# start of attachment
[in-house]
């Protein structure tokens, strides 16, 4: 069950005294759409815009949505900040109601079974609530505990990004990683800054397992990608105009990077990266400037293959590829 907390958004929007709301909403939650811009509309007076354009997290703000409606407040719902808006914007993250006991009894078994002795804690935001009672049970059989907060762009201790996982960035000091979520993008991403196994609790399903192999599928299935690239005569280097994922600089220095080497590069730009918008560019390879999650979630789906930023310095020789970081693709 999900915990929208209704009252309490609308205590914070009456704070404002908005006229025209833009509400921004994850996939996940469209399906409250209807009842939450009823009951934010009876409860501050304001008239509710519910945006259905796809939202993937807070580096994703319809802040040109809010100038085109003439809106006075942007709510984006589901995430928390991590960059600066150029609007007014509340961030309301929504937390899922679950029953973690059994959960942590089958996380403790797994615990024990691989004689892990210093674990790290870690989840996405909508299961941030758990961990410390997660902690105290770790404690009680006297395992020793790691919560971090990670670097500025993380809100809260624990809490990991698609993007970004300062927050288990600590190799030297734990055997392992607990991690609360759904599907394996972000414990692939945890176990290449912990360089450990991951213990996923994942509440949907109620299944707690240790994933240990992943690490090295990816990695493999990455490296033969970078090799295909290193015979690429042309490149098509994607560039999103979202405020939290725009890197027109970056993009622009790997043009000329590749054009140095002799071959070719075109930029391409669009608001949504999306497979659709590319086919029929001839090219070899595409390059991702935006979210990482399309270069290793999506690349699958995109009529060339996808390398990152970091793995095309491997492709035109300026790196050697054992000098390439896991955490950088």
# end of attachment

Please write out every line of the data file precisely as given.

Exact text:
[in-house]
């Protein structure tokens, strides 16, 4: 069950005294759409815009949505900040109601079974609530505990990004990683800054397992990608105009990077990266400037293959590829 907390958004929007709301909403939650811009509309007076354009997290703000409606407040719902808006914007993250006991009894078994002795804690935001009672049970059989907060762009201790996982960035000091979520993008991403196994609790399903192999599928299935690239005569280097994922600089220095080497590069730009918008560019390879999650979630789906930023310095020789970081693709 999900915990929208209704009252309490609308205590914070009456704070404002908005006229025209833009509400921004994850996939996940469209399906409250209807009842939450009823009951934010009876409860501050304001008239509710519910945006259905796809939202993937807070580096994703319809802040040109809010100038085109003439809106006075942007709510984006589901995430928390991590960059600066150029609007007014509340961030309301929504937390899922679950029953973690059994959960942590089958996380403790797994615990024990691989004689892990210093674990790290870690989840996405909508299961941030758990961990410390997660902690105290770790404690009680006297395992020793790691919560971090990670670097500025993380809100809260624990809490990991698609993007970004300062927050288990600590190799030297734990055997392992607990991690609360759904599907394996972000414990692939945890176990290449912990360089450990991951213990996923994942509440949907109620299944707690240790994933240990992943690490090295990816990695493999990455490296033969970078090799295909290193015979690429042309490149098509994607560039999103979202405020939290725009890197027109970056993009622009790997043009000329590749054009140095002799071959070719075109930029391409669009608001949504999306497979659709590319086919029929001839090219070899595409390059991702935006979210990482399309270069290793999506690349699958995109009529060339996808390398990152970091793995095309491997492709035109300026790196050697054992000098390439896991955490950088």